Genesis is the story of man’s beginning. It was the time of the Lord’s creation of the male and his help-meet, the female. It was a time when, via the natural processes the Lord set in place, that two children (boys) came from the womb of Eve. It was also a time where sin took hold of man and would not let go. So tight was the grip that the two boys born from the same mother were at odds with one another. We don’t learn that one of the two (Abel) was at odds, but we do learn that the eldest was insecure and, to some degree, irreligious. Because Cain felt threatened by his younger brother’s religious devotion to the Lord, he sets out to eliminate that threat. Sin had a grip so tight on Cain that he thought he could get away with the evil deed (Genesis 4). But He who has eyes searching over all His creation misses nothing. Eve learned a hard spiritual lesson when she took the forbidden fruit, but the lesson that became exceedingly painful was the lesson that spiritual shortcomings, many times, result in physical consequences experienced. Sin in one’s life is the beginning of much heartache!
It seems so unfair that the behavior of the generation before us makes me suffer today. It may be unfair, but it is the course of life. That which is sown must be reaped by those who have sown it and by those who will experience its ramifications. When abortion is sown into the wind, the whirlwind of harvest is a devaluing of life (consider euthanasia). When homosexual marriage proponents sow the wind immoral selfishness, the whirlwind reaped is the degeneracy of morality for the larger community. When political survival is sown, the whirlwind of “at all cost” is reaped. It seems so unfair when men and women who call themselves Christians vote for men and women who are politically partisan rather than for the ways of Christ. It seems so unfair—and it is. Now let us reap what we have sown.
It is a mistake in interpretation to look upon the Law of Moses as a decree of God that could (or would) save a person. Note what Paul said in Romans 8:3, “For God has done what the law, weakened by the flesh, could not do. By sending his own Son in the likeness of sinful flesh and for sin, he condemned sin in the flesh” (ESV).
Pay particular attention to the commas, and remove the phrase between the commas and then read what is said: “For God has done what the law could not do.” Why could not the Law of Moses save? Because it was not designed to save anyone (cf. Acts 13:39), but to point out something the Lord wanted man to know: there is such a thing as sin, and it is damning! In the early stages of man’s existence, this concept was not unfamiliar, but now with a law in place, the Lord removed what excuse man was prone to make (Romans 3:19-20).
Thus, the Jew who tried to gain justification with God via the Law of Moses could not do so because the law brought to man’s knowledge his inability to hit “God’s mark” (sin means to miss the mark). Not only that, however, but in order to help man hit the mark, the Lord declared what kind of response man was to give, and He used Abraham to illustrate the point: faith. Note what Paul said, “but that Israel who pursued a law that would lead to righteousness did not succeed in reaching that law. Why? Because they did not pursue it by faith, but as if it were based on works” (Romans 9:31-32, ESV). In other words, they used their perceived “obedience” (or compliance) to the God’s (or the Law’s) demands as “work” to be done, and then “payment” to be made by the one who made the demand. Consequently, they thought, God “owed” them wages for that which they did, and this, they believed, was salvation.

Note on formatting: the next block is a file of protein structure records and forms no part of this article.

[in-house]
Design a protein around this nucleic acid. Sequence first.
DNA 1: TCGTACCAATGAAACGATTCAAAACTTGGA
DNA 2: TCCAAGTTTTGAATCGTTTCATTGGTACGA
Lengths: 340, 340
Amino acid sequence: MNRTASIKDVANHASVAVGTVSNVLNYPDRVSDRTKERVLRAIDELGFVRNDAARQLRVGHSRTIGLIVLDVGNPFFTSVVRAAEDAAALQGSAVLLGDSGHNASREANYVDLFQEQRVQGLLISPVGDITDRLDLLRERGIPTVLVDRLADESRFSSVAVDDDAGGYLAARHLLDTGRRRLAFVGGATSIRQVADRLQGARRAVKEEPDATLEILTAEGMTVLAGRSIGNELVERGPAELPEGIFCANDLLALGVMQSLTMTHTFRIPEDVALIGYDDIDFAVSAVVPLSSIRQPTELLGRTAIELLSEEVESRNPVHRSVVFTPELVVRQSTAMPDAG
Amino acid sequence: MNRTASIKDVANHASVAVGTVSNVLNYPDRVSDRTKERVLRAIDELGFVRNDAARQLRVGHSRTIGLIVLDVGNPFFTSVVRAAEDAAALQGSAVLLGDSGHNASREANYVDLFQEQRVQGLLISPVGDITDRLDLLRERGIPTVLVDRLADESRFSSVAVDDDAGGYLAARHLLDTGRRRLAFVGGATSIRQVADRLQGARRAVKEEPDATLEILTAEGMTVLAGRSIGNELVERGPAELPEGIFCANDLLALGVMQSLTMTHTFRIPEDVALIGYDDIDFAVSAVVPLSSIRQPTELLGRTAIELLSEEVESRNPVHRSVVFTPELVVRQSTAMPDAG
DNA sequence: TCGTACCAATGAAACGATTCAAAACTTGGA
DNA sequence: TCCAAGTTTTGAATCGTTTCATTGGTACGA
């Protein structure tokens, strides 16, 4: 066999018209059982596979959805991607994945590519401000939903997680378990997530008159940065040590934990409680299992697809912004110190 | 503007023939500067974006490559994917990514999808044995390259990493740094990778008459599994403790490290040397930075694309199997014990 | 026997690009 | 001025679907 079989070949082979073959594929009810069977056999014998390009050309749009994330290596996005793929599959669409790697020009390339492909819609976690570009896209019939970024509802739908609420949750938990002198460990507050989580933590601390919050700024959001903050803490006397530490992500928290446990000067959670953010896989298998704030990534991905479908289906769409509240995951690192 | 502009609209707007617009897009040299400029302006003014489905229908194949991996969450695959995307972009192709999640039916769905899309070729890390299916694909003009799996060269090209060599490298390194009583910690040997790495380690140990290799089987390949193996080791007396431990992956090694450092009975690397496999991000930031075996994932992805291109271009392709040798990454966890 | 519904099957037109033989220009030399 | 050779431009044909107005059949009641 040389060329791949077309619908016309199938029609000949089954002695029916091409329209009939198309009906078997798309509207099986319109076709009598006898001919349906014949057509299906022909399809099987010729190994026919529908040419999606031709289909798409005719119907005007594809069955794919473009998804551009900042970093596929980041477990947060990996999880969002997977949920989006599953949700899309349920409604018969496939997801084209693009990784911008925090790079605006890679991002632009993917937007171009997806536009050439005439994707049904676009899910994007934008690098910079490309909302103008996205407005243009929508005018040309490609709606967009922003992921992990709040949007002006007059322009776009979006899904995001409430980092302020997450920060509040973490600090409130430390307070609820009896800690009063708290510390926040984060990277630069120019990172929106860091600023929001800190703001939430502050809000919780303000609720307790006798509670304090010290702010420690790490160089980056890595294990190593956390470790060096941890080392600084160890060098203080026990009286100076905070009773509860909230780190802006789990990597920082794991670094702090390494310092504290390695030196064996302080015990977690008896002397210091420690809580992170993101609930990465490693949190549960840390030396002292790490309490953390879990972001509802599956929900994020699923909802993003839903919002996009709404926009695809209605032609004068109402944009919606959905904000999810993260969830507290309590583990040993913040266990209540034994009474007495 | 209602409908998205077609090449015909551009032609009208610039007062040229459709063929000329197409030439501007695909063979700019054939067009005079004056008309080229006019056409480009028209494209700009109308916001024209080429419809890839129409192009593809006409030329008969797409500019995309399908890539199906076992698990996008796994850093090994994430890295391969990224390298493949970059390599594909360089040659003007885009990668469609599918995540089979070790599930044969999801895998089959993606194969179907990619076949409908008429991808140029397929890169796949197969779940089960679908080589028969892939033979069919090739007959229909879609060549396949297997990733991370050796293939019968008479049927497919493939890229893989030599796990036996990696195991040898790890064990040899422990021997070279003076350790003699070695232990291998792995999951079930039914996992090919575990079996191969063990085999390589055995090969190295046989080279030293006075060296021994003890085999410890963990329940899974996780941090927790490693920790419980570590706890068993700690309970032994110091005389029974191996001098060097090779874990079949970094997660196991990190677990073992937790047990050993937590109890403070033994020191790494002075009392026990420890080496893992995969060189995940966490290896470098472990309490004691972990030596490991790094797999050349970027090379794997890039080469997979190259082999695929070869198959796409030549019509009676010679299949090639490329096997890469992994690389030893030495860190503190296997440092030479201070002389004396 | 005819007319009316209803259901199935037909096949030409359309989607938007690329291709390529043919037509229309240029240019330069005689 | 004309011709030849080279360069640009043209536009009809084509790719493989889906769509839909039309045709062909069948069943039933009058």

The Law of Moses had a purpose, and that purpose included bringing the Savior into this world (Galatians 3:13-16, 19-27; 4:4). Thus, no one could be saved by the Law of Moses, even if lived perfectly. Those who tried, failed; they failed because, among other things, they failed to understand its purpose.
The Psalm reads (in part):
There is no soundness in my flesh because of thine indignation; Neither is there any health in my bones because of my sin. For mine iniquities are gone over my head: As a heavy burden they are too heavy for me. My wounds are loathsome and corrupt, Because of my foolishness. I am pained and bowed down greatly; I go mourning all the day long. For my loins are filled with burning; And there is no soundness in my flesh. I am faint and sore bruised: I have groaned by reason of the disquietness of my heart. (38:3-8, ASV)
One man said, “Suffering is a form of God’s discipline in the school of righteousness” (VanGemeren, p. 352). When one reflects on the teachings of righteousness as seen in Jesus and as it has found a home in the heart, the discipline experienced is weighty. “Your not wicked, your just feeling blue” is the line in a song lyric (Feeling Blue” Jazzmasters), but when one fails the standard of righteousness, you can’t help but feel as wicked as one can – especially when it seems to be a continuing struggle. David knew well how he felt, and the weight of his guilt did not allow him to see brightness during the course of the day (or days). It has been said that time is a healer, but time does heal guilt, it only moves it further and further back into the recesses of the mind.
Can you relate to these sentiments? If you know what David knew you can.